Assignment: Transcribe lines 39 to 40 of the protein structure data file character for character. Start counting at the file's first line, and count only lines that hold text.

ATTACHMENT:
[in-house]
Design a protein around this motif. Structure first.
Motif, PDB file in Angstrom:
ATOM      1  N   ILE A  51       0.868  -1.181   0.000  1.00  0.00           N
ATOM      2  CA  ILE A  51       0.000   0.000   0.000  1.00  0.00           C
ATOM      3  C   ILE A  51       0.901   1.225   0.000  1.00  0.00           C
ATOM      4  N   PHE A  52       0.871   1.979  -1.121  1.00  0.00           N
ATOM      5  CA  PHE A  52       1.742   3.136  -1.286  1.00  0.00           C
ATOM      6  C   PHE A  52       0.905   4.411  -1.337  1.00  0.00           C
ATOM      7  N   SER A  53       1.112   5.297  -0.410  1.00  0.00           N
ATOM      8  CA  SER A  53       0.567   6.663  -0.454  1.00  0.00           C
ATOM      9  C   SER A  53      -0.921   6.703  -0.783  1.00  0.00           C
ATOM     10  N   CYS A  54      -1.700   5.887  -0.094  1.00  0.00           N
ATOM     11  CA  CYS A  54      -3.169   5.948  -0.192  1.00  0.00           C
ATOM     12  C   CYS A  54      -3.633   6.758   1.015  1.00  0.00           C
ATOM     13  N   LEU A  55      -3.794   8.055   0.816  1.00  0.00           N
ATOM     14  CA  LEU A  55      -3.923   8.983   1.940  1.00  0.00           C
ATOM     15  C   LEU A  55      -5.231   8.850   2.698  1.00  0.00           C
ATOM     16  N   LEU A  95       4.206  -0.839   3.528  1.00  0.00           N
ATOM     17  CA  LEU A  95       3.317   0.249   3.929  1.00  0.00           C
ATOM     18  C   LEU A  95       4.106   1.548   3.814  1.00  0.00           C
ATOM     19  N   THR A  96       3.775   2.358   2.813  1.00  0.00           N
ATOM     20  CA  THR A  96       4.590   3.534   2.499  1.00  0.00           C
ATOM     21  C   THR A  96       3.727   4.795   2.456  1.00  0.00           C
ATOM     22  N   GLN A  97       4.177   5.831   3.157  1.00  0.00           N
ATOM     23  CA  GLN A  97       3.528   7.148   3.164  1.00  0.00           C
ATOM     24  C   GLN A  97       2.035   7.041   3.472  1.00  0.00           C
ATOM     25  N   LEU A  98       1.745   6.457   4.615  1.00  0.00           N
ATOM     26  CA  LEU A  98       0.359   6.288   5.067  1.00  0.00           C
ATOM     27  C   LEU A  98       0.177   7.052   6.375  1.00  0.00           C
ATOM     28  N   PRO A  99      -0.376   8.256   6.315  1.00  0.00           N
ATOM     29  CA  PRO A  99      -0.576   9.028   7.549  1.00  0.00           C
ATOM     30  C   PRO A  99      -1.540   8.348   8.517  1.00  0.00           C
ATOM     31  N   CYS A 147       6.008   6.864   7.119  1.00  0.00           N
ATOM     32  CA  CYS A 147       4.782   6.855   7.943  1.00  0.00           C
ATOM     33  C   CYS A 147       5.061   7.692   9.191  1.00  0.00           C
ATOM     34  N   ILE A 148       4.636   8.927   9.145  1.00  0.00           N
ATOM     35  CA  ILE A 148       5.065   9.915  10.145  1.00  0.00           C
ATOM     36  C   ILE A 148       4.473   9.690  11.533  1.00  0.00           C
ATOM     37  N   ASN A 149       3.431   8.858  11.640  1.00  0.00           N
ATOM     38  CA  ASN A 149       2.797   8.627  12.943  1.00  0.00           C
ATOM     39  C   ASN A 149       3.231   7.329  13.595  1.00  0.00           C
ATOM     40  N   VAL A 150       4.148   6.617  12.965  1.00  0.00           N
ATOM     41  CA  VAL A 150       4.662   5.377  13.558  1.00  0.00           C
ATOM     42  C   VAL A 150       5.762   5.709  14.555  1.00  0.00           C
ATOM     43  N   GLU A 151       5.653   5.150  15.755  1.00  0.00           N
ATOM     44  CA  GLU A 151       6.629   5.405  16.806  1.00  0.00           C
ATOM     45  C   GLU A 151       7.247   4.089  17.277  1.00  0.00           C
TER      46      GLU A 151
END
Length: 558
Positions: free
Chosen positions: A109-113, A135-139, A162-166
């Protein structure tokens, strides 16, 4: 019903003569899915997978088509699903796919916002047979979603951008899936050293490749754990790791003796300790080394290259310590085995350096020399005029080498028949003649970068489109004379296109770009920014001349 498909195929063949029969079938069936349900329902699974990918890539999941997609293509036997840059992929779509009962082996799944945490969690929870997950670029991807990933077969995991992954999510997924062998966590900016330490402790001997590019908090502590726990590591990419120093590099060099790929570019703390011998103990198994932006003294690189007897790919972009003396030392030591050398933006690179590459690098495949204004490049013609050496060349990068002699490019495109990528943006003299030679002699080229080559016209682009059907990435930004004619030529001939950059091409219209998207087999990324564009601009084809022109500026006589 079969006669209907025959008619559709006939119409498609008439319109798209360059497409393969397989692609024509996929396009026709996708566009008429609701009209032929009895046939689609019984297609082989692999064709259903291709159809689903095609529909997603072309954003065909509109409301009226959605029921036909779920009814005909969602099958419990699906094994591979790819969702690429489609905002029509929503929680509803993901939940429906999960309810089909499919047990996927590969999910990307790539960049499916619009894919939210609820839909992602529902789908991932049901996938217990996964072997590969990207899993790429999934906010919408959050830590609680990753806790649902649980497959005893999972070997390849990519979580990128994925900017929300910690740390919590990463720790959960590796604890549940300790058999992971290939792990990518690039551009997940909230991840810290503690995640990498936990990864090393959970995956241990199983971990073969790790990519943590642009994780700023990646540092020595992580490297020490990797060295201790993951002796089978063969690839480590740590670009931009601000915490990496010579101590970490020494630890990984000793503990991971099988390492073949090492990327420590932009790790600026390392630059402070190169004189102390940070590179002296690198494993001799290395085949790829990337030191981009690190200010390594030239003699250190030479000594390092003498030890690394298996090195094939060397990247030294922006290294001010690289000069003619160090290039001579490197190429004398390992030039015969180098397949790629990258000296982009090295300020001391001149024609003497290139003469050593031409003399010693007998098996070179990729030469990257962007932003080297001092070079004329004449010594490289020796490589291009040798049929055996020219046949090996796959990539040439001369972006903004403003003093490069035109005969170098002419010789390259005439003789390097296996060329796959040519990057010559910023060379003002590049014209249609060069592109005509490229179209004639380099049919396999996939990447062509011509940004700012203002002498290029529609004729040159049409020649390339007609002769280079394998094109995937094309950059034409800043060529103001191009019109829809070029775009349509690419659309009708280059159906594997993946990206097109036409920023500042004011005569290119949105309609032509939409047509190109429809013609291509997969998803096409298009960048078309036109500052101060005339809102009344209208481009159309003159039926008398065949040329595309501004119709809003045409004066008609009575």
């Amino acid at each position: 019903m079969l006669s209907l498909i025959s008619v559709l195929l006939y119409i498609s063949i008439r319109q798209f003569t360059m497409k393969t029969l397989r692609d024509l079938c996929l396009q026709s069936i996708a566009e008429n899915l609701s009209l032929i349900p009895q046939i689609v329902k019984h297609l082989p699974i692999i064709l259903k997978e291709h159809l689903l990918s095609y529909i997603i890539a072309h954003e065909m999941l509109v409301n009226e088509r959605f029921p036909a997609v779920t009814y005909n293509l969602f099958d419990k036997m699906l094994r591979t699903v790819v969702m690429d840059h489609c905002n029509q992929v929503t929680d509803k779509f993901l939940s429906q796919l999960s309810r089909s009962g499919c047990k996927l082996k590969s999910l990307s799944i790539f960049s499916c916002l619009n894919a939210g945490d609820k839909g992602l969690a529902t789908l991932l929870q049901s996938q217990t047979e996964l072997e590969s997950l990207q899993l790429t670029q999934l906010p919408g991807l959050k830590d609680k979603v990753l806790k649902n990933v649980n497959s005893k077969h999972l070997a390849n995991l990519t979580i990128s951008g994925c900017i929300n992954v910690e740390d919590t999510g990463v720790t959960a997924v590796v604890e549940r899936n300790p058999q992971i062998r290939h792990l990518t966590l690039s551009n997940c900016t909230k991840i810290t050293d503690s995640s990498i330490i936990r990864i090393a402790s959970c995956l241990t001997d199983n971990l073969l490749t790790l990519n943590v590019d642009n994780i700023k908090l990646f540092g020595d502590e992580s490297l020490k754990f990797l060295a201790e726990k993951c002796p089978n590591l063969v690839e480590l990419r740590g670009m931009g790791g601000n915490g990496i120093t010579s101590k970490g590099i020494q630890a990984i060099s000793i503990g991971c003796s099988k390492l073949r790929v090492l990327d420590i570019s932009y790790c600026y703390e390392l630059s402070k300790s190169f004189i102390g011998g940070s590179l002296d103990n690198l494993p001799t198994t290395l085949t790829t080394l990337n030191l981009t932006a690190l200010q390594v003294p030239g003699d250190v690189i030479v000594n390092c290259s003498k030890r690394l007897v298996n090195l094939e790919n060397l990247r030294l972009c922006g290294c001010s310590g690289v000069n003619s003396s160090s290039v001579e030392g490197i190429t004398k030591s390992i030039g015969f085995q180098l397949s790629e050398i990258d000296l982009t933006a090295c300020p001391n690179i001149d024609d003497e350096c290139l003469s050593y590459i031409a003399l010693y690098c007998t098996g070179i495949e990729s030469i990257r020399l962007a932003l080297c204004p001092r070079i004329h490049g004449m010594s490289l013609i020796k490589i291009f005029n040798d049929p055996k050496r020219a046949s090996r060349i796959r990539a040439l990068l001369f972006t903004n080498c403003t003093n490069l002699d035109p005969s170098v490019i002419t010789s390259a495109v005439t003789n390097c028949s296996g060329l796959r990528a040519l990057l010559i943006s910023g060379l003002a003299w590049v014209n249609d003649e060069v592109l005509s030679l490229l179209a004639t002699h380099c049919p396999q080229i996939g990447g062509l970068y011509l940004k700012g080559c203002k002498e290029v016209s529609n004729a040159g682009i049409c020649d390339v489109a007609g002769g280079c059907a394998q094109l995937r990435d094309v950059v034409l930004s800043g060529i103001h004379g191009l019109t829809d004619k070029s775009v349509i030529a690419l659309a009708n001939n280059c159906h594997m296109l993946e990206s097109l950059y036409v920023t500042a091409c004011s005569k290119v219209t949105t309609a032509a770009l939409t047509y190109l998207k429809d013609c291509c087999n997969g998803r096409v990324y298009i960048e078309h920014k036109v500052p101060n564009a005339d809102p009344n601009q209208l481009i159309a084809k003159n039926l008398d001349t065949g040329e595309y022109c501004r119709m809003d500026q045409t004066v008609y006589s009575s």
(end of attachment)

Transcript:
ATOM     36  C   ILE A 148       4.473   9.690  11.533  1.00  0.00           C
ATOM     37  N   ASN A 149       3.431   8.858  11.640  1.00  0.00           N